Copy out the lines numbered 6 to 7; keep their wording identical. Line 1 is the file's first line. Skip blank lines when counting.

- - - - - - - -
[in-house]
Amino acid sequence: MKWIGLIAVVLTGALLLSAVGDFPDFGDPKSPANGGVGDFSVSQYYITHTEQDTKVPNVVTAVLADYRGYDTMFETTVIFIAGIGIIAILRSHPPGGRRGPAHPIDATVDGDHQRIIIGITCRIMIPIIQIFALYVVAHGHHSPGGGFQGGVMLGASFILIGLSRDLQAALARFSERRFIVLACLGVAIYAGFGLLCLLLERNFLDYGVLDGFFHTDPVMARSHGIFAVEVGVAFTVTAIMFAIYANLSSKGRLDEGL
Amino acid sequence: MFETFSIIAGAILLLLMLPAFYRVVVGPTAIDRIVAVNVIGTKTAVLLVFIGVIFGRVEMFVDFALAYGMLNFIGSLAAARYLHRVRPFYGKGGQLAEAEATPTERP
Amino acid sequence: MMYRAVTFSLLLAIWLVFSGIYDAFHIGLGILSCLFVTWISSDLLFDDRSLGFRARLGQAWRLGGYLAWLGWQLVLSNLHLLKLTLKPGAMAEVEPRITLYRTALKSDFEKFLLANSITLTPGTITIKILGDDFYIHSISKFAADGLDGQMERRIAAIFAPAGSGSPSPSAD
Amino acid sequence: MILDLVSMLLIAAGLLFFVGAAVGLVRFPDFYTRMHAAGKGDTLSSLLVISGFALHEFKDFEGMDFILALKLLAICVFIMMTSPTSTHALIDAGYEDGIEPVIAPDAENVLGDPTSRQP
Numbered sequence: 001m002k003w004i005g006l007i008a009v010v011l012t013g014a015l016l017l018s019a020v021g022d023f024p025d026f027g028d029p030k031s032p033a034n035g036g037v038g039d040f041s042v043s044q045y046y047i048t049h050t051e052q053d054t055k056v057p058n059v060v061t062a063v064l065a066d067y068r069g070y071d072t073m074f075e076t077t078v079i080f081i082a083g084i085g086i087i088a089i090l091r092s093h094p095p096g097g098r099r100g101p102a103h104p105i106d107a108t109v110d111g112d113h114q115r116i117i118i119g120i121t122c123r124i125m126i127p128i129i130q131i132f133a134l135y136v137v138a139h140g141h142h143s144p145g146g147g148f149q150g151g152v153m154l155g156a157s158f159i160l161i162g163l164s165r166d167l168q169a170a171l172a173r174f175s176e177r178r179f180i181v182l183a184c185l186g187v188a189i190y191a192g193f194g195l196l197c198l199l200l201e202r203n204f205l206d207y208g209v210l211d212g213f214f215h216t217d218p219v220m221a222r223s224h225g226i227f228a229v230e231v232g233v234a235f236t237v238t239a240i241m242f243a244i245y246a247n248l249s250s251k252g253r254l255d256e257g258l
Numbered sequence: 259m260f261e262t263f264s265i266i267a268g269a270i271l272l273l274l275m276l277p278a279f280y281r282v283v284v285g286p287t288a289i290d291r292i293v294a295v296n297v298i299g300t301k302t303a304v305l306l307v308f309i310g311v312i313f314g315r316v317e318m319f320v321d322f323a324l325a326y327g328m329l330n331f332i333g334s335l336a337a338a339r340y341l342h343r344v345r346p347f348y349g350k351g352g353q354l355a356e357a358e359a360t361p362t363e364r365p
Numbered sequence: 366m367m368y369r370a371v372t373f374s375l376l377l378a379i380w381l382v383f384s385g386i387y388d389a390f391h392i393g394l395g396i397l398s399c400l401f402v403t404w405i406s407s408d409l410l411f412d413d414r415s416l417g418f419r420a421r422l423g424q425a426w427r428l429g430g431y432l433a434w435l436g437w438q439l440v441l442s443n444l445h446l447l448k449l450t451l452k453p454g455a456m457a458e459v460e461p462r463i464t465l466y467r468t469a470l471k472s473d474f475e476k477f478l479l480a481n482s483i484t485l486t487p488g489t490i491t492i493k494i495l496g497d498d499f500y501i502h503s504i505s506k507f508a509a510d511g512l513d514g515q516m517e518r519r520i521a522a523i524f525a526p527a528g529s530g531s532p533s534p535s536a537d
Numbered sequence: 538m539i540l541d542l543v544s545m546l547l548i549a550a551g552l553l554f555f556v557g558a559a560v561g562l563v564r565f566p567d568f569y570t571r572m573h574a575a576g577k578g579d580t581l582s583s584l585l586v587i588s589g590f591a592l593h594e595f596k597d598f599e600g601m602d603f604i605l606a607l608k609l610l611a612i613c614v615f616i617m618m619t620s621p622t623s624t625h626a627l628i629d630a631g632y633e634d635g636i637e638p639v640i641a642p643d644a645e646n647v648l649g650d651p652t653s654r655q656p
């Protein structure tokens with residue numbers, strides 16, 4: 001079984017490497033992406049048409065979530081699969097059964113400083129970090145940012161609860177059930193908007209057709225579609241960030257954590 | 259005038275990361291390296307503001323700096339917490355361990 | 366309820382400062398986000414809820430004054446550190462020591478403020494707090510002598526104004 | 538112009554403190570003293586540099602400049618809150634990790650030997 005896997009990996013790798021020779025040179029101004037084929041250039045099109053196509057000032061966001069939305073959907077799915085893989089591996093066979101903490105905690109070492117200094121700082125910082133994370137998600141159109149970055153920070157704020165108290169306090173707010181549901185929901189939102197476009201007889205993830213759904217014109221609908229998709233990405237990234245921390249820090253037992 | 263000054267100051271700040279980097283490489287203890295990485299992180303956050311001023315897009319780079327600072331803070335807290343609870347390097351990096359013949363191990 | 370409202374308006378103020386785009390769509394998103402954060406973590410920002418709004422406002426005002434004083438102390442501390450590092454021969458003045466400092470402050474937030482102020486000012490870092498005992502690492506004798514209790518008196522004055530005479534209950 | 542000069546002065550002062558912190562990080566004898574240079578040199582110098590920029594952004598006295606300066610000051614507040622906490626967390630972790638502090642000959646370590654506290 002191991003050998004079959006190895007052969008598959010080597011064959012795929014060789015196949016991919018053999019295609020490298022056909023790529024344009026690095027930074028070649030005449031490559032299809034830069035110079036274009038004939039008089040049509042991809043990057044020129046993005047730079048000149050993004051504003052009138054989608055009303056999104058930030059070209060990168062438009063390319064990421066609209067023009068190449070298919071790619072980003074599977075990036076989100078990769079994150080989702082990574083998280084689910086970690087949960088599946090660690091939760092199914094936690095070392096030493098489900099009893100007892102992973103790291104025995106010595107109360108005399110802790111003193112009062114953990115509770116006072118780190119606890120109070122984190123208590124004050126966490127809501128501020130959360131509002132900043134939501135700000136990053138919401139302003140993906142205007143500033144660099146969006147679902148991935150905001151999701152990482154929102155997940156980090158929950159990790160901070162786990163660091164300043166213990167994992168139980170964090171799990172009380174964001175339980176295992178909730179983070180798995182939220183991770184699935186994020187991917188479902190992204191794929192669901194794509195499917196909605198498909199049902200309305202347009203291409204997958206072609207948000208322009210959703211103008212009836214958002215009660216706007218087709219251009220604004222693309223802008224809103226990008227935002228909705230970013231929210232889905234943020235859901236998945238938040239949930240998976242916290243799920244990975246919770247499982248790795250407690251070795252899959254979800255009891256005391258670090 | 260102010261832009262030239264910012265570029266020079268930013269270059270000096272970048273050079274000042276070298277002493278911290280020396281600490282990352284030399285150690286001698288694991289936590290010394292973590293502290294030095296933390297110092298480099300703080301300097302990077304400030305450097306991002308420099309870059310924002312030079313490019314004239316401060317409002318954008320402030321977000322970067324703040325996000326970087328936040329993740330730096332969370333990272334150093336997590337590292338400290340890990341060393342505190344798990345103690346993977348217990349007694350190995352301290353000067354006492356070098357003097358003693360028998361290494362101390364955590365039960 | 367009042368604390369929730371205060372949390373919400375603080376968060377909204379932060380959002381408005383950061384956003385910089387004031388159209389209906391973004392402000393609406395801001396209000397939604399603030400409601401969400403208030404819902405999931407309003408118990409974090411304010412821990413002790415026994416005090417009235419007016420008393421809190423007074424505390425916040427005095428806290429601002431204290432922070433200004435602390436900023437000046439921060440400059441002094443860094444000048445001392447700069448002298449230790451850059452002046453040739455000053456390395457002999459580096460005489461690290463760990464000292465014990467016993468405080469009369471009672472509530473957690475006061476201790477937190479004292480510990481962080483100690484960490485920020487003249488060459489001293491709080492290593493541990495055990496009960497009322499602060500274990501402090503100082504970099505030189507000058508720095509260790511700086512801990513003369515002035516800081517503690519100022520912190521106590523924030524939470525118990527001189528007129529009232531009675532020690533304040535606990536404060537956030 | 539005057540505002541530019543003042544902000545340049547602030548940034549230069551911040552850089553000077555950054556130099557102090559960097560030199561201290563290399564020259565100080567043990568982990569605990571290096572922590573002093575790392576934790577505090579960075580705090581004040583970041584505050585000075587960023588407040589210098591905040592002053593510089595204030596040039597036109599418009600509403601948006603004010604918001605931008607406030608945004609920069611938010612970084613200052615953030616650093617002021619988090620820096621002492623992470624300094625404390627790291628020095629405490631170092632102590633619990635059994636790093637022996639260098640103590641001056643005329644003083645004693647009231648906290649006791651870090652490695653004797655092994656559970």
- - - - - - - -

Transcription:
Numbered sequence: 001m002k003w004i005g006l007i008a009v010v011l012t013g014a015l016l017l018s019a020v021g022d023f024p025d026f027g028d029p030k031s032p033a034n035g036g037v038g039d040f041s042v043s044q045y046y047i048t049h050t051e052q053d054t055k056v057p058n059v060v061t062a063v064l065a066d067y068r069g070y071d072t073m074f075e076t077t078v079i080f081i082a083g084i085g086i087i088a089i090l091r092s093h094p095p096g097g098r099r100g101p102a103h104p105i106d107a108t109v110d111g112d113h114q115r116i117i118i119g120i121t122c123r124i125m126i127p128i129i130q131i132f133a134l135y136v137v138a139h140g141h142h143s144p145g146g147g148f149q150g151g152v153m154l155g156a157s158f159i160l161i162g163l164s165r166d167l168q169a170a171l172a173r174f175s176e177r178r179f180i181v182l183a184c185l186g187v188a189i190y191a192g193f194g195l196l197c198l199l200l201e202r203n204f205l206d207y208g209v210l211d212g213f214f215h216t217d218p219v220m221a222r223s224h225g226i227f228a229v230e231v232g233v234a235f236t237v238t239a240i241m242f243a244i245y246a247n248l249s250s251k252g253r254l255d256e257g258l
Numbered sequence: 259m260f261e262t263f264s265i266i267a268g269a270i271l272l273l274l275m276l277p278a279f280y281r282v283v284v285g286p287t288a289i290d291r292i293v294a295v296n297v298i299g300t301k302t303a304v305l306l307v308f309i310g311v312i313f314g315r316v317e318m319f320v321d322f323a324l325a326y327g328m329l330n331f332i333g334s335l336a337a338a339r340y341l342h343r344v345r346p347f348y349g350k351g352g353q354l355a356e357a358e359a360t361p362t363e364r365p